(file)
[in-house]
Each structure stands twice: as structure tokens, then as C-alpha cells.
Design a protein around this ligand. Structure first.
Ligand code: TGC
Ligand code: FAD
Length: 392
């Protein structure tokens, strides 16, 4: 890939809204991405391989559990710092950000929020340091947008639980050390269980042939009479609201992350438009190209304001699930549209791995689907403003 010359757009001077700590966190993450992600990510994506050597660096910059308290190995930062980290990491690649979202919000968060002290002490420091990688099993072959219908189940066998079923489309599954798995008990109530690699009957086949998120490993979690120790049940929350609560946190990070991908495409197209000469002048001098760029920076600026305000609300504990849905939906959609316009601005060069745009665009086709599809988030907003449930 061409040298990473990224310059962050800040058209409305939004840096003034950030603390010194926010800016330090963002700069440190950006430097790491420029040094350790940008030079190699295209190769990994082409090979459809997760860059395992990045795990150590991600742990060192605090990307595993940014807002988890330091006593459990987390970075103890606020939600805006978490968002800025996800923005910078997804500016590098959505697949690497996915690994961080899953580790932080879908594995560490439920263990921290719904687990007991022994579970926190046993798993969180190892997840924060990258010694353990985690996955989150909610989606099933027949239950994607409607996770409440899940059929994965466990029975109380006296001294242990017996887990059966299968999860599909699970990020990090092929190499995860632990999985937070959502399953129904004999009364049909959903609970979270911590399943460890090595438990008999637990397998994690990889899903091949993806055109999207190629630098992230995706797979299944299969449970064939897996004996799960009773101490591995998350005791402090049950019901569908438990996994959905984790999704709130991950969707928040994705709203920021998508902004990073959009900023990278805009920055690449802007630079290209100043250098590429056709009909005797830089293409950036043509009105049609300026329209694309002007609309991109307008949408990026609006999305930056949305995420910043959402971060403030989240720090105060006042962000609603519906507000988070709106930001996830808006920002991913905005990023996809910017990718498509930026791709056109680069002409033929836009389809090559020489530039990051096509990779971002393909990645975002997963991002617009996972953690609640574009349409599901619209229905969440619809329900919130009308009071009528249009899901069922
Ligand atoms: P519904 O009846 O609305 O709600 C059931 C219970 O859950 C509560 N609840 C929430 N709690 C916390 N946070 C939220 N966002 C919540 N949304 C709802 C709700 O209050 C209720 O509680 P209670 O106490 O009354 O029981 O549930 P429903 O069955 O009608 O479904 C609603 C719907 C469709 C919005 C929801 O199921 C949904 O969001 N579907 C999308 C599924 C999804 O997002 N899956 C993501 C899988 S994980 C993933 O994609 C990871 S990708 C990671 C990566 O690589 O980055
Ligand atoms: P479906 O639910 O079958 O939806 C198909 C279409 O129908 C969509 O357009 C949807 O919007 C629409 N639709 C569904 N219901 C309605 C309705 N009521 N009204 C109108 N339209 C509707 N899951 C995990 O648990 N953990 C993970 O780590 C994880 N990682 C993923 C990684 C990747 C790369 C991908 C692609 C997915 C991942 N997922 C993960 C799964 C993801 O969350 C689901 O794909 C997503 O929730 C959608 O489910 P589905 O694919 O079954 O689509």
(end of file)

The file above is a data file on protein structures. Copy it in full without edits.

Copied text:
[in-house]
Each structure stands twice: as structure tokens, then as C-alpha cells.
Design a protein around this ligand. Structure first.
Ligand code: TGC
Ligand code: FAD
Length: 392
């Protein structure tokens, strides 16, 4: 890939809204991405391989559990710092950000929020340091947008639980050390269980042939009479609201992350438009190209304001699930549209791995689907403003 010359757009001077700590966190993450992600990510994506050597660096910059308290190995930062980290990491690649979202919000968060002290002490420091990688099993072959219908189940066998079923489309599954798995008990109530690699009957086949998120490993979690120790049940929350609560946190990070991908495409197209000469002048001098760029920076600026305000609300504990849905939906959609316009601005060069745009665009086709599809988030907003449930 061409040298990473990224310059962050800040058209409305939004840096003034950030603390010194926010800016330090963002700069440190950006430097790491420029040094350790940008030079190699295209190769990994082409090979459809997760860059395992990045795990150590991600742990060192605090990307595993940014807002988890330091006593459990987390970075103890606020939600805006978490968002800025996800923005910078997804500016590098959505697949690497996915690994961080899953580790932080879908594995560490439920263990921290719904687990007991022994579970926190046993798993969180190892997840924060990258010694353990985690996955989150909610989606099933027949239950994607409607996770409440899940059929994965466990029975109380006296001294242990017996887990059966299968999860599909699970990020990090092929190499995860632990999985937070959502399953129904004999009364049909959903609970979270911590399943460890090595438990008999637990397998994690990889899903091949993806055109999207190629630098992230995706797979299944299969449970064939897996004996799960009773101490591995998350005791402090049950019901569908438990996994959905984790999704709130991950969707928040994705709203920021998508902004990073959009900023990278805009920055690449802007630079290209100043250098590429056709009909005797830089293409950036043509009105049609300026329209694309002007609309991109307008949408990026609006999305930056949305995420910043959402971060403030989240720090105060006042962000609603519906507000988070709106930001996830808006920002991913905005990023996809910017990718498509930026791709056109680069002409033929836009389809090559020489530039990051096509990779971002393909990645975002997963991002617009996972953690609640574009349409599901619209229905969440619809329900919130009308009071009528249009899901069922
Ligand atoms: P519904 O009846 O609305 O709600 C059931 C219970 O859950 C509560 N609840 C929430 N709690 C916390 N946070 C939220 N966002 C919540 N949304 C709802 C709700 O209050 C209720 O509680 P209670 O106490 O009354 O029981 O549930 P429903 O069955 O009608 O479904 C609603 C719907 C469709 C919005 C929801 O199921 C949904 O969001 N579907 C999308 C599924 C999804 O997002 N899956 C993501 C899988 S994980 C993933 O994609 C990871 S990708 C990671 C990566 O690589 O980055
Ligand atoms: P479906 O639910 O079958 O939806 C198909 C279409 O129908 C969509 O357009 C949807 O919007 C629409 N639709 C569904 N219901 C309605 C309705 N009521 N009204 C109108 N339209 C509707 N899951 C995990 O648990 N953990 C993970 O780590 C994880 N990682 C993923 C990684 C990747 C790369 C991908 C692609 C997915 C991942 N997922 C993960 C799964 C993801 O969350 C689901 O794909 C997503 O929730 C959608 O489910 P589905 O694919 O079954 O689509």